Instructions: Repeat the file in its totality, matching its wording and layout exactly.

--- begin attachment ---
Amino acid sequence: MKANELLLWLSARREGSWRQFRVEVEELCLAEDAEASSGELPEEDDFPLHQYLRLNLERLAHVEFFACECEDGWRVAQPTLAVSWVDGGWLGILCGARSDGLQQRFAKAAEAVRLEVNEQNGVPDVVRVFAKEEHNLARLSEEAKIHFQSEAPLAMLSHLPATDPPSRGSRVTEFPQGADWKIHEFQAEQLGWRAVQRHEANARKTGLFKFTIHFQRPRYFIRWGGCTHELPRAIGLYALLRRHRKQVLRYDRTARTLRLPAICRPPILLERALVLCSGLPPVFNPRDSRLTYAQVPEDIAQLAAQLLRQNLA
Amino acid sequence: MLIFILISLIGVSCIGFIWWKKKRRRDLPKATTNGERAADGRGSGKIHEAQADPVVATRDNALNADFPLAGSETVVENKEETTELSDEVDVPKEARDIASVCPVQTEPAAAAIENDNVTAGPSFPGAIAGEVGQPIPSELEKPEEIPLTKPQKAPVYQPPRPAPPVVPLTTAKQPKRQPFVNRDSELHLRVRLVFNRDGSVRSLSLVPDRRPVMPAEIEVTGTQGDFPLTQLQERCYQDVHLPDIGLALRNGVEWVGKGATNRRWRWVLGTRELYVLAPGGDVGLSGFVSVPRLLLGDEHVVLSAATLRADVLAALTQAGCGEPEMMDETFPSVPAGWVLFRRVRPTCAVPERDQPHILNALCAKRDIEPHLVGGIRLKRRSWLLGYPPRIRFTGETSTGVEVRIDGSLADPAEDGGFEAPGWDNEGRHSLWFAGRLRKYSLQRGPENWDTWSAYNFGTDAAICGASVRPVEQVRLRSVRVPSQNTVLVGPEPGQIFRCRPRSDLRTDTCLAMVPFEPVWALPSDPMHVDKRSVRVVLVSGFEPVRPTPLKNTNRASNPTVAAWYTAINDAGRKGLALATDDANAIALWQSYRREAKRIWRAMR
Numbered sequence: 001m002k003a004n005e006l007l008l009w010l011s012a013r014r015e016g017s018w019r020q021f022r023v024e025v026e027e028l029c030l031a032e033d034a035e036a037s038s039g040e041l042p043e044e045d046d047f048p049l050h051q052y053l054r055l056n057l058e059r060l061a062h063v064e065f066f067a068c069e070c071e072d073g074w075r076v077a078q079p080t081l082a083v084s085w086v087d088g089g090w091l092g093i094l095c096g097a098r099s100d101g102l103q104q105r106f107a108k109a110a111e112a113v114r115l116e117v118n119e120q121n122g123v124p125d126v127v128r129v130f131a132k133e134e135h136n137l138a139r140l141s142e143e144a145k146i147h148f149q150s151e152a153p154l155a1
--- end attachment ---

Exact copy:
Amino acid sequence: MKANELLLWLSARREGSWRQFRVEVEELCLAEDAEASSGELPEEDDFPLHQYLRLNLERLAHVEFFACECEDGWRVAQPTLAVSWVDGGWLGILCGARSDGLQQRFAKAAEAVRLEVNEQNGVPDVVRVFAKEEHNLARLSEEAKIHFQSEAPLAMLSHLPATDPPSRGSRVTEFPQGADWKIHEFQAEQLGWRAVQRHEANARKTGLFKFTIHFQRPRYFIRWGGCTHELPRAIGLYALLRRHRKQVLRYDRTARTLRLPAICRPPILLERALVLCSGLPPVFNPRDSRLTYAQVPEDIAQLAAQLLRQNLA
Amino acid sequence: MLIFILISLIGVSCIGFIWWKKKRRRDLPKATTNGERAADGRGSGKIHEAQADPVVATRDNALNADFPLAGSETVVENKEETTELSDEVDVPKEARDIASVCPVQTEPAAAAIENDNVTAGPSFPGAIAGEVGQPIPSELEKPEEIPLTKPQKAPVYQPPRPAPPVVPLTTAKQPKRQPFVNRDSELHLRVRLVFNRDGSVRSLSLVPDRRPVMPAEIEVTGTQGDFPLTQLQERCYQDVHLPDIGLALRNGVEWVGKGATNRRWRWVLGTRELYVLAPGGDVGLSGFVSVPRLLLGDEHVVLSAATLRADVLAALTQAGCGEPEMMDETFPSVPAGWVLFRRVRPTCAVPERDQPHILNALCAKRDIEPHLVGGIRLKRRSWLLGYPPRIRFTGETSTGVEVRIDGSLADPAEDGGFEAPGWDNEGRHSLWFAGRLRKYSLQRGPENWDTWSAYNFGTDAAICGASVRPVEQVRLRSVRVPSQNTVLVGPEPGQIFRCRPRSDLRTDTCLAMVPFEPVWALPSDPMHVDKRSVRVVLVSGFEPVRPTPLKNTNRASNPTVAAWYTAINDAGRKGLALATDDANAIALWQSYRREAKRIWRAMR
Numbered sequence: 001m002k003a004n005e006l007l008l009w010l011s012a013r014r015e016g017s018w019r020q021f022r023v024e025v026e027e028l029c030l031a032e033d034a035e036a037s038s039g040e041l042p043e044e045d046d047f048p049l050h051q052y053l054r055l056n057l058e059r060l061a062h063v064e065f066f067a068c069e070c071e072d073g074w075r076v077a078q079p080t081l082a083v084s085w086v087d088g089g090w091l092g093i094l095c096g097a098r099s100d101g102l103q104q105r106f107a108k109a110a111e112a113v114r115l116e117v118n119e120q121n122g123v124p125d126v127v128r129v130f131a132k133e134e135h136n137l138a139r140l141s142e143e144a145k146i147h148f149q150s151e152a153p154l155a1